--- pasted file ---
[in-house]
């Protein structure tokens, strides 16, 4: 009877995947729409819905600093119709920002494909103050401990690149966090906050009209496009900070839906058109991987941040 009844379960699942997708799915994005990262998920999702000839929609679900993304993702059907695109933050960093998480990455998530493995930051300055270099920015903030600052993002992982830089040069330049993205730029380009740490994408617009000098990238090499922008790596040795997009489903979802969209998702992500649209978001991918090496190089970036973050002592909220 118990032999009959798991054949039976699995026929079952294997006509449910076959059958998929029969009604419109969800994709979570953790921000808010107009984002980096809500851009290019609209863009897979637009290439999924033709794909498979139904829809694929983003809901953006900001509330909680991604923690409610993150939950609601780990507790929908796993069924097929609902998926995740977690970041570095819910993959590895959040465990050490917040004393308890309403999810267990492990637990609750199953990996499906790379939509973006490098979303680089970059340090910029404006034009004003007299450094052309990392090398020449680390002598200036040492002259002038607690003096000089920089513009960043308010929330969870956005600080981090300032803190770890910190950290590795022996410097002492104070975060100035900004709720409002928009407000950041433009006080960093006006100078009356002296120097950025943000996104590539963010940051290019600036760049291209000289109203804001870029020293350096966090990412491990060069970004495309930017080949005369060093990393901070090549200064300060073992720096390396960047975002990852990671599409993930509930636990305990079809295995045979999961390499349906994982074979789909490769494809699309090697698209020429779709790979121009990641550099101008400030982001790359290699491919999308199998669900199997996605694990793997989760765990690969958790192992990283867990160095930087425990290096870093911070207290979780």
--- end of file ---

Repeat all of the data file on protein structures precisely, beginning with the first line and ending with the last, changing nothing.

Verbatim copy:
[in-house]
């Protein structure tokens, strides 16, 4: 009877995947729409819905600093119709920002494909103050401990690149966090906050009209496009900070839906058109991987941040 009844379960699942997708799915994005990262998920999702000839929609679900993304993702059907695109933050960093998480990455998530493995930051300055270099920015903030600052993002992982830089040069330049993205730029380009740490994408617009000098990238090499922008790596040795997009489903979802969209998702992500649209978001991918090496190089970036973050002592909220 118990032999009959798991054949039976699995026929079952294997006509449910076959059958998929029969009604419109969800994709979570953790921000808010107009984002980096809500851009290019609209863009897979637009290439999924033709794909498979139904829809694929983003809901953006900001509330909680991604923690409610993150939950609601780990507790929908796993069924097929609902998926995740977690970041570095819910993959590895959040465990050490917040004393308890309403999810267990492990637990609750199953990996499906790379939509973006490098979303680089970059340090910029404006034009004003007299450094052309990392090398020449680390002598200036040492002259002038607690003096000089920089513009960043308010929330969870956005600080981090300032803190770890910190950290590795022996410097002492104070975060100035900004709720409002928009407000950041433009006080960093006006100078009356002296120097950025943000996104590539963010940051290019600036760049291209000289109203804001870029020293350096966090990412491990060069970004495309930017080949005369060093990393901070090549200064300060073992720096390396960047975002990852990671599409993930509930636990305990079809295995045979999961390499349906994982074979789909490769494809699309090697698209020429779709790979121009990641550099101008400030982001790359290699491919999308199998669900199997996605694990793997989760765990690969958790192992990283867990160095930087425990290096870093911070207290979780």